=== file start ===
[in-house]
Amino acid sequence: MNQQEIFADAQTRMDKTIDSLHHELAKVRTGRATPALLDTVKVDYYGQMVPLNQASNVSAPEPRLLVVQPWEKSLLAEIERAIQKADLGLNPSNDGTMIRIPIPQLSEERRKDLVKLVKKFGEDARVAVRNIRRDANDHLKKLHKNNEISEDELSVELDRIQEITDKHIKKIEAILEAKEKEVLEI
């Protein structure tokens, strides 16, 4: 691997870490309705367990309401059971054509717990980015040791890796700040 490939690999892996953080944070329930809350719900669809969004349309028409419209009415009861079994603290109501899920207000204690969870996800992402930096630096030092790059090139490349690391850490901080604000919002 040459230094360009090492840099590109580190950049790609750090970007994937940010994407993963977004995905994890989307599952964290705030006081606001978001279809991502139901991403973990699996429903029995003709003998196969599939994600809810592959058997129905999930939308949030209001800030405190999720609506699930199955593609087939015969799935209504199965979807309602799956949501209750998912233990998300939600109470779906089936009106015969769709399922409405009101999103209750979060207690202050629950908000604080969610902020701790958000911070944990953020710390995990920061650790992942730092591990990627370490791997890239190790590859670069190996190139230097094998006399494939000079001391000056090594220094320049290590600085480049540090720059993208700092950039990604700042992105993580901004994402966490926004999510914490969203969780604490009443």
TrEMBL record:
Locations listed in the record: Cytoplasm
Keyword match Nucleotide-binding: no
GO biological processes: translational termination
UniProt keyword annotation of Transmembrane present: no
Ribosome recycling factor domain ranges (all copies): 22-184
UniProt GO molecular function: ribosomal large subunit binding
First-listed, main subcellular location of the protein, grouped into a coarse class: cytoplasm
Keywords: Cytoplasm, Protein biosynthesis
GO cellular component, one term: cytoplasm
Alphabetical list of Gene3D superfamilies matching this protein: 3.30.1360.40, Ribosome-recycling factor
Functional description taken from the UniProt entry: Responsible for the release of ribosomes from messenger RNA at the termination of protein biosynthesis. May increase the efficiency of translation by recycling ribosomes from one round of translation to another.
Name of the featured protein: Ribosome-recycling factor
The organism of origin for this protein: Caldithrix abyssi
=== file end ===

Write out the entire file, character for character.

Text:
[in-house]
Amino acid sequence: MNQQEIFADAQTRMDKTIDSLHHELAKVRTGRATPALLDTVKVDYYGQMVPLNQASNVSAPEPRLLVVQPWEKSLLAEIERAIQKADLGLNPSNDGTMIRIPIPQLSEERRKDLVKLVKKFGEDARVAVRNIRRDANDHLKKLHKNNEISEDELSVELDRIQEITDKHIKKIEAILEAKEKEVLEI
């Protein structure tokens, strides 16, 4: 691997870490309705367990309401059971054509717990980015040791890796700040 490939690999892996953080944070329930809350719900669809969004349309028409419209009415009861079994603290109501899920207000204690969870996800992402930096630096030092790059090139490349690391850490901080604000919002 040459230094360009090492840099590109580190950049790609750090970007994937940010994407993963977004995905994890989307599952964290705030006081606001978001279809991502139901991403973990699996429903029995003709003998196969599939994600809810592959058997129905999930939308949030209001800030405190999720609506699930199955593609087939015969799935209504199965979807309602799956949501209750998912233990998300939600109470779906089936009106015969769709399922409405009101999103209750979060207690202050629950908000604080969610902020701790958000911070944990953020710390995990920061650790992942730092591990990627370490791997890239190790590859670069190996190139230097094998006399494939000079001391000056090594220094320049290590600085480049540090720059993208700092950039990604700042992105993580901004994402966490926004999510914490969203969780604490009443």
TrEMBL record:
Locations listed in the record: Cytoplasm
Keyword match Nucleotide-binding: no
GO biological processes: translational termination
UniProt keyword annotation of Transmembrane present: no
Ribosome recycling factor domain ranges (all copies): 22-184
UniProt GO molecular function: ribosomal large subunit binding
First-listed, main subcellular location of the protein, grouped into a coarse class: cytoplasm
Keywords: Cytoplasm, Protein biosynthesis
GO cellular component, one term: cytoplasm
Alphabetical list of Gene3D superfamilies matching this protein: 3.30.1360.40, Ribosome-recycling factor
Functional description taken from the UniProt entry: Responsible for the release of ribosomes from messenger RNA at the termination of protein biosynthesis. May increase the efficiency of translation by recycling ribosomes from one round of translation to another.
Name of the featured protein: Ribosome-recycling factor
The organism of origin for this protein: Caldithrix abyssi